Chortle Student Comedy final 2016 | Review by Steve Bennett

Chortle Student Comedy final 2016

Review by Steve Bennett

A gloriously diverse bunch of new comedians, a hugely excited audience and the encouraging, freewheeling compering of Mark Watson conspired to make this year’s Chortle Student Comedy Award Final the most consistently strong in years.

First on to the stage, to an explosive round of applause, was Adam Mastroianni, an American currently based in Oxford. He played on differences between the reticent Brits and our more optimistic transatlantic cousins, as might be expected, but hit new angles with polished, punchy jokes. A couple of recurring themes gave the set coherence, and the gag count from this slick, efficient comic got the show off to a cracking start.

Roya Shadmand has a looser, more casual approach - but then floored the room by proudly declaring herself a ‘pervert’, especially when contrasted with her naive Iranian mother. That was one of a handful of killer lines in her routine, which occasionally meandered a bit – including a strange animal impression which closed her set – but generally felt refreshingly open and relaxed. A raw talent, for sure.

Michael Odewale was appearing in his second new act final in a week, following his sterling showing at the BBC New Comedy Award final at the weekend. Now, as then, he displayed an engagingly sardonic wit as he discussed his lot, underscored with social points about race. That he addresses points softly and with a wry wit is appealing, and he mixed the astute with more personal observations, that were even more quirky. One or two lines were a little less solid, but only because he set the bar so high for himself.

Tom Gidman couldn’t make it, Watson informed us, so in his stead, Andy Murray – a version of the Olympian as a variety show host, his monotonous deadpan in perfect contrast to the talents normally required for the job. Gidman’s a gifted mimic (we also got Ed Miliband and David Attenborough as acts on that fictional show, as well as a hapless, corny magician) but more importantly he’s a strong, original writer. The gags did not just depend on recognition of his target alone, but strong characterisation, imaginative gags, and a fine, expertly timed performance. He’s got shades of a young Steve Coogan, and on a strong line-up, stood out enough to take the title.

In writing and demeanour, Eric Rushton portrayed himself as the sad, lonely sap, racked with self-doubt and crippled by low confidence, finding it difficult to connect with people. In a performance situation, though, his low status engendered sympathy and empathy – and it certainly took confidence to open his biggest gig to date with his worst joke, as he acknowledged,to reinforce his underdog status. The performance was low-key, and probably a couple of the jokes were, too. But he’s intriguing and amusing, we’ll hear more from him.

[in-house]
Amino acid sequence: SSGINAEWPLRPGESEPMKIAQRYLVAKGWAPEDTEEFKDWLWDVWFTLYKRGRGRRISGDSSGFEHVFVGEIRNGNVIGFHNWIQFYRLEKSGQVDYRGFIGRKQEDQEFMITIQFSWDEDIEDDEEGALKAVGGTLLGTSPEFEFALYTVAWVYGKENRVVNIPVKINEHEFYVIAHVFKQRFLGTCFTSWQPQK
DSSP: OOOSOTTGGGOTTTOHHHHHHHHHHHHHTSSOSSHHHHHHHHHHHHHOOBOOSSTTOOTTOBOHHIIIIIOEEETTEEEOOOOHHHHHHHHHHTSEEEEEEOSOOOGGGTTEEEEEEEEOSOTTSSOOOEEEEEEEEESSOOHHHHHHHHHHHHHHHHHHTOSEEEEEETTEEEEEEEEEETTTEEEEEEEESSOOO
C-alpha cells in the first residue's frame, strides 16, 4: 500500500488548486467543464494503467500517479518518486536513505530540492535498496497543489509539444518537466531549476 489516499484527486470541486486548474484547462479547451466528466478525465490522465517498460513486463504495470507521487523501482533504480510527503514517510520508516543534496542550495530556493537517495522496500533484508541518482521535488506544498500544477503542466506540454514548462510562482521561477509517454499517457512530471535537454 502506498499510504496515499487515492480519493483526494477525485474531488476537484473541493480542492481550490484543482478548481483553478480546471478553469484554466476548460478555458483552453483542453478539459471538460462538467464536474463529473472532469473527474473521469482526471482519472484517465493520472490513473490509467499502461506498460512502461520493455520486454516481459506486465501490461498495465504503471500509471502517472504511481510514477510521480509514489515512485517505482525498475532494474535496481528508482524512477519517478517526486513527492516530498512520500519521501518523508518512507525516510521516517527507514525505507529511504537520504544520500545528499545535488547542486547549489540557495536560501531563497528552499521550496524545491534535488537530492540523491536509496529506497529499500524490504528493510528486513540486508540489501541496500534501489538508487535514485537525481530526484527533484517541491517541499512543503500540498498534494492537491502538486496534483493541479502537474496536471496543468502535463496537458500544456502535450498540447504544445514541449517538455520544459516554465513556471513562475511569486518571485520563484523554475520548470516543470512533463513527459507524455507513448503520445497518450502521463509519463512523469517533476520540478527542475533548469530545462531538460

The super-camp delivery of Josh Jones sugar-coated material that could have seemed bleak. His childhood abuse, for example. His writing needs to get a bit more disciplined – some of the material about his sexuality could have been tighter, although it led into a strong point about being barred from donating blood, summed up in delightful brutality. He has a very engaging personality, and a back-story that should keep him in routines for years to come.

Rahul Kohli already has the poise, confidence and punchiness of a pro; and indeed has already secured a coveted slot at the Stand for his solo debut this year. In a seven-minute spot, he nimbly raced through the hot topics of racism and rape, packing in the punchlines while hitting back at the offenders with a warm, cheeky wit. It’s a robust, set that hits big topics with a sense of fun, oven-ready for any club. With plenty to say, Kohli took the silver prize on the night.

Morgan Rees is full of slightly-off-the-wall Welsh charm, engaging the audience with cheery stories of disappointing school trips and his love of custard – a small passion, but one he conveyed appealingly. A great joke about his knowledge of the Welsh language led to discussion of the words for microwave and jellyfish being 'popty ping' and ‘pysgod wibbly wobbly’, which seemed like he was going down an old (and largely inaccurate) route. But actually the punchline was fresh and funny, establishing him as another comic to watch, on a night that was full of them.

Review date: 17 Aug 2016
Reviewed by: Steve Bennett
Reviewed at: Pleasance Courtyard

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